Greece to join naval coalition protecting Red Sea shipping against Houthi attacks

Greek defense minister says country has ‘fundamental interest’ in addressing Iran-backed group’s threat to global maritime transport; Australia to send personnel, but no ships

Iran-backed Houthis in Yemen publish a video showing how the group hijacked an Israeli-linked shipping vessel in the Red Sea on November 20, 2023. (Screen capture/X)
Iran-backed Houthis in Yemen publish a video showing how the group hijacked an Israeli-linked shipping vessel in the Red Sea on November 20, 2023. (Screen capture/X)

Greece will join a US-led naval coalition to protect the Red Sea global shipping lane from Yemen’s Houthi rebels, the defense minister said Thursday.

A Greek navy frigate will join the task force on orders from Prime Minister Kyriakos Mitsotakis, said Defense Minister Nikos Dendias.

As a foremost shipping nation, Greece had a “fundamental interest” in addressing a “massive threat” to global maritime transport, Dendias said in a televised statement.

Australia also announced that it will send 11 personnel to support the coalition, dubbed Operation Prosperity Guardian, but no warships or planes.

Australian Defense Minister Richard Marles said that Australia’s military needs to keep focused on the Pacific region.

Marles said that 11 military personnel would be sent in January to Operation Prosperity Guardian’s headquarters in Bahrain, where five Australians are already posted.

Greece’s Defense Minister Nikos Dendias before a press conference after a meeting with his Cypriot counterpart at the Cypriot Defense Ministry in the capital Nicosia, Cyprus, July 6, 2023. (Petros Karadjias/AP)

“We won’t be sending a ship or a plane,” he told Sky News television. “That said, we will be almost tripling our contribution to the combined maritime force.”

Australia is one of the United States’ closest military allies. Last week, the US Congress passed legislation allowing the sale of Virginia-class nuclear-powered submarines to Australia under a security pact that includes Britain.

Marles rejected opposition lawmakers’ criticism that a failure to send a warship as the United States had requested made Australia a less reliable partner and ally.

“That’s patently ridiculous,” Marles said, adding that the US is aware of the scale of the Australian defense force, and the need to maintain its focus on the Asia-Pacific region.

“It is to state the obvious that to take a major asset and put it in the Middle East is to take a major asset away from what we’re doing in the immediate region,” Marles said.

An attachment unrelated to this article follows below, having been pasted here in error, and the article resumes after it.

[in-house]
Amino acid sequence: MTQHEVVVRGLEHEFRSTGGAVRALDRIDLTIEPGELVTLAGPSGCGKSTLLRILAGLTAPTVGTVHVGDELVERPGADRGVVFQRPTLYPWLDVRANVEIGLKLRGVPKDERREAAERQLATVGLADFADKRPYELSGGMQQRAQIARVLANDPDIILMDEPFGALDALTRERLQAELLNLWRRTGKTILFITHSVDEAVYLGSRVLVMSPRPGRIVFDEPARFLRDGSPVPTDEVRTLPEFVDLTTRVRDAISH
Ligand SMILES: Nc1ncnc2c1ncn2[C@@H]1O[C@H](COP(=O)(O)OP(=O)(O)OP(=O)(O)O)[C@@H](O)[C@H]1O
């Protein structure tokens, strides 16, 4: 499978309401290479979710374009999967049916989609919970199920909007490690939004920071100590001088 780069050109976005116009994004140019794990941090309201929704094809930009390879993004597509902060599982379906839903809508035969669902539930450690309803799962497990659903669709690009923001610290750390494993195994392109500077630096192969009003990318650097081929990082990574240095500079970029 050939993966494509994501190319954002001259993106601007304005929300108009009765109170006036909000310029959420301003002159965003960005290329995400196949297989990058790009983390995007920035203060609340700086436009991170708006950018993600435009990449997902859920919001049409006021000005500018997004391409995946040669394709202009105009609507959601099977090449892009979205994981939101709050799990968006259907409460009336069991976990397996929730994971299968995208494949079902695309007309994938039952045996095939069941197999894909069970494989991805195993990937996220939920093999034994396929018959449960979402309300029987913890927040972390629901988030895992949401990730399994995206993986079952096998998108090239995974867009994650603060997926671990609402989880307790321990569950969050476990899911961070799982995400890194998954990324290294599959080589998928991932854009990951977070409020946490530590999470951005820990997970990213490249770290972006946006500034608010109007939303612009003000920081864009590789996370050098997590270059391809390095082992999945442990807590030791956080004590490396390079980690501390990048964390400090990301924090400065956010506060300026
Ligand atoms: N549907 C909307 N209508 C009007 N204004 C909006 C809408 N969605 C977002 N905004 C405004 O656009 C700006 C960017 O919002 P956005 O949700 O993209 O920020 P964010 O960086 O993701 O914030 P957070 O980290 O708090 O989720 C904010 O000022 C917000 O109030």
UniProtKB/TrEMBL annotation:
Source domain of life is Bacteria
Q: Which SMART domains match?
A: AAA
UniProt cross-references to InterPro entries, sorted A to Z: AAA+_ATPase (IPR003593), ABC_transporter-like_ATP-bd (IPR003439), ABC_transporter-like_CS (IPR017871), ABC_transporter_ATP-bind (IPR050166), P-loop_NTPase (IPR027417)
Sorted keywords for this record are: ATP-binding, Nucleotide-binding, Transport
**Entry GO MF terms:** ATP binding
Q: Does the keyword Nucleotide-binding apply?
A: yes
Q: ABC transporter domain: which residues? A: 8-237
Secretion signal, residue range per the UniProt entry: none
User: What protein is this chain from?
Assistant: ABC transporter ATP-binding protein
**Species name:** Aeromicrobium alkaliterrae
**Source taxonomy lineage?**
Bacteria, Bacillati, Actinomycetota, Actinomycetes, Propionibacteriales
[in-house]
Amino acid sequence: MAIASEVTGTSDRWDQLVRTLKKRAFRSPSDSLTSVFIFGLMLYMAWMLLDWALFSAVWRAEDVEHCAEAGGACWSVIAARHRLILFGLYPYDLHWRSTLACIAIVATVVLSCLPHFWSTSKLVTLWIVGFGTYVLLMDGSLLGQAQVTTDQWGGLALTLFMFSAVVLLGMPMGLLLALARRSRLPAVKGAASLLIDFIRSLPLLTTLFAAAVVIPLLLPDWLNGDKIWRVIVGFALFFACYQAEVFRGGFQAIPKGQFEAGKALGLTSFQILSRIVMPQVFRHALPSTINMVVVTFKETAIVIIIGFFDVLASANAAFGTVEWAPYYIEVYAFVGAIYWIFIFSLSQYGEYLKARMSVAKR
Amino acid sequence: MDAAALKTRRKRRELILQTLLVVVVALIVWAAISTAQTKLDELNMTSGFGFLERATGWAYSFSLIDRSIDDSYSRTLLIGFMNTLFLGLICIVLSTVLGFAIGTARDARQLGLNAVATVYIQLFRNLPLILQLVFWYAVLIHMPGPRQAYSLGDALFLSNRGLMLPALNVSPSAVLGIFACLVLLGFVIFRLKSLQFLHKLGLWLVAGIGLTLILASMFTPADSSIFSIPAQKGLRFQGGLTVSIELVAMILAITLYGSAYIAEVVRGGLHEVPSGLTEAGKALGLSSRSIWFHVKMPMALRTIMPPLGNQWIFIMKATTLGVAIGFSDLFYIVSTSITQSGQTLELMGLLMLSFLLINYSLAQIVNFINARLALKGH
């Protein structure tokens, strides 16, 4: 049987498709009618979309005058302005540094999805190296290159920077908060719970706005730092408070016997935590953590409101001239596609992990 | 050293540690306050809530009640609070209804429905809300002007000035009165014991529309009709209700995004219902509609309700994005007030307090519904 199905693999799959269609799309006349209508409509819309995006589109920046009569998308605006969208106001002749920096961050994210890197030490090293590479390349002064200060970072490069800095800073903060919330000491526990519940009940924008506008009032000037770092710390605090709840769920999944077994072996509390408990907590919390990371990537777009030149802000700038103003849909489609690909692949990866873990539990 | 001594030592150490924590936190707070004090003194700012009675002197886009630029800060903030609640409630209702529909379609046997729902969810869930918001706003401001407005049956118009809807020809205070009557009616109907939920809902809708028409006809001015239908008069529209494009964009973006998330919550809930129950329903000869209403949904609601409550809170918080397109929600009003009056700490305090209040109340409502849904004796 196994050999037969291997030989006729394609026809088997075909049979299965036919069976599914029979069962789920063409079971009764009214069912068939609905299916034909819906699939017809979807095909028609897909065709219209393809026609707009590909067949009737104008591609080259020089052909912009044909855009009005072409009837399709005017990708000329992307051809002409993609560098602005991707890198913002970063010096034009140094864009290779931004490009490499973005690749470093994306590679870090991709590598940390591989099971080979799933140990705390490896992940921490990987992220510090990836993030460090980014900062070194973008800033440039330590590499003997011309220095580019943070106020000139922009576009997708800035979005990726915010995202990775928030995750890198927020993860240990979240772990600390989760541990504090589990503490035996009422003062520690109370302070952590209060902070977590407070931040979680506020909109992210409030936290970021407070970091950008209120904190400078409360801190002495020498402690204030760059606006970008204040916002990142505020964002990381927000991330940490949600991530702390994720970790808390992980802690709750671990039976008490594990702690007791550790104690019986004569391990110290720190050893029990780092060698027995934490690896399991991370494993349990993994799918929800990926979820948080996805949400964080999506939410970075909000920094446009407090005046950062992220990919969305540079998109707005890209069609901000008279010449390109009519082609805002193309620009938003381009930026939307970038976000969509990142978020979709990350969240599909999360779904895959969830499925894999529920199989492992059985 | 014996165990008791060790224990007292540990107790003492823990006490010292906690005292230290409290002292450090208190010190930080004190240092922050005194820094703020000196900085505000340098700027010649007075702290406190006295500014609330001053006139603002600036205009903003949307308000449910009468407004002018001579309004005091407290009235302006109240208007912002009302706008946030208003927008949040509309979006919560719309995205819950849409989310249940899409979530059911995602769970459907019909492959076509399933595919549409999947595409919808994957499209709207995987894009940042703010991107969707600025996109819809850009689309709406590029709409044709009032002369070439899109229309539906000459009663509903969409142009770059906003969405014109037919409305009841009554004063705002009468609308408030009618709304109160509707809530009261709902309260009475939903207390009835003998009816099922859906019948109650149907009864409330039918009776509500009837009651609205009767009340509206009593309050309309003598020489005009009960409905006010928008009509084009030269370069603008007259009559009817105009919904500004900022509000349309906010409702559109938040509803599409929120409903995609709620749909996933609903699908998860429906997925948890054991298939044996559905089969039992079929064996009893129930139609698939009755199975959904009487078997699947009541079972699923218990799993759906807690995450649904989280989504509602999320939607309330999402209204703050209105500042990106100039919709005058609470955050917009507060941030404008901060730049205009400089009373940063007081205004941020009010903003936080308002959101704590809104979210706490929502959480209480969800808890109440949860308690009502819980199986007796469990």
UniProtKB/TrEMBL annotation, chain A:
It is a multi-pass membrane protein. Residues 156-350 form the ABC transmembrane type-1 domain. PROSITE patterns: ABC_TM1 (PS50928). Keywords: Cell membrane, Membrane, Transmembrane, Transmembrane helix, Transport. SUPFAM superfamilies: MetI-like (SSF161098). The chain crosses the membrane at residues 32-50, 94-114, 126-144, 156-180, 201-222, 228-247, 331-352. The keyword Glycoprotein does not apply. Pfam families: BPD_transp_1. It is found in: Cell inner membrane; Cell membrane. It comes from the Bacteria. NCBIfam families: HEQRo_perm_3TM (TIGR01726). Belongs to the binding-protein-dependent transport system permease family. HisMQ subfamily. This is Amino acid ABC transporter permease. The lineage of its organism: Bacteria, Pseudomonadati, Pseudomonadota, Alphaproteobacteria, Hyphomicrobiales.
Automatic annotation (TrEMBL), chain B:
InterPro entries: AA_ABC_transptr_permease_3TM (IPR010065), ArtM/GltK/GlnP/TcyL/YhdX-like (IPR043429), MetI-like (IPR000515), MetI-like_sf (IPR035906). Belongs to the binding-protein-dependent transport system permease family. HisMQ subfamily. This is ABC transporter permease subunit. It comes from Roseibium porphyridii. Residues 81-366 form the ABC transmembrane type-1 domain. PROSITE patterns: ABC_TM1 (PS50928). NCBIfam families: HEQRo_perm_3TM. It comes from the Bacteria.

Australian Deputy Prime Minister and Minister for Defence Richard Marles, speaks during a news conference at the US State Department, in Washington, December 6, 2022. (Manuel Balce Ceneta/AP)

However, opposition defense spokesman Andrew Hastie called on Australia to send a warship.

“It’s in our national interest to contribute. If we want others to help us in a time of need, we need to step up and reciprocate now,” Hastie said.

The task force announced by US Defense Secretary Lloyd Austin on Monday initially included Britain, Bahrain, Canada, France, Italy, the Netherlands, Norway, Seychelles and Spain.

The Iran-backed Houthis say their missile and drone strikes on passing container ships are in support of Palestinians in the Gaza war raging between Israel and terror group Hamas since October 7. The Yemeni rebel group had announced that it would target any ship heading to Israel or linked to it, though a number of vessels with no apparent connection to Israel have been targeted as well.

Several other countries have also agreed to be involved in the operation but prefer not to be publicly named, a US defense official said Monday on the condition of anonymity to discuss additional details of the new mission that have not been publicly announced.

War erupted when Hamas carried out a devastating attack on Israel that killed some 1,200 people, mostly civilians. Terrorists who burst through border with the Gaza Strip also abducted at least 240 people who were taken as hostages into the Palestinian enclave.

Israel responded with a military campaign which it said aimed to destroy Hamas and free the hostages.

The Houthi attacks in waters leading to the Suez Canal, a chokepoint for about 10 percent of global trade, have forced many shipping companies to divert their vessels.

A Yemeni man carries a gun as he takes part in a march to express solidarity with the people of Gaza, in the Houthi-controlled capital Sanaa on December 2, 2023. (MOHAMMED HUWAIS / AFP)

Companies have ordered their ships to hold in place and not enter the Bab el-Mandeb Strait at the southern end of the Red Sea until the security situation can be addressed.

A day after Austin announced the task force operation, the Houthi rebels vowed to keep up attacks on ships, declaring they would not be deterred by the naval coalition.

Houthis have also launched missiles and drones at southern Israel, which were intercepted by air defense systems.

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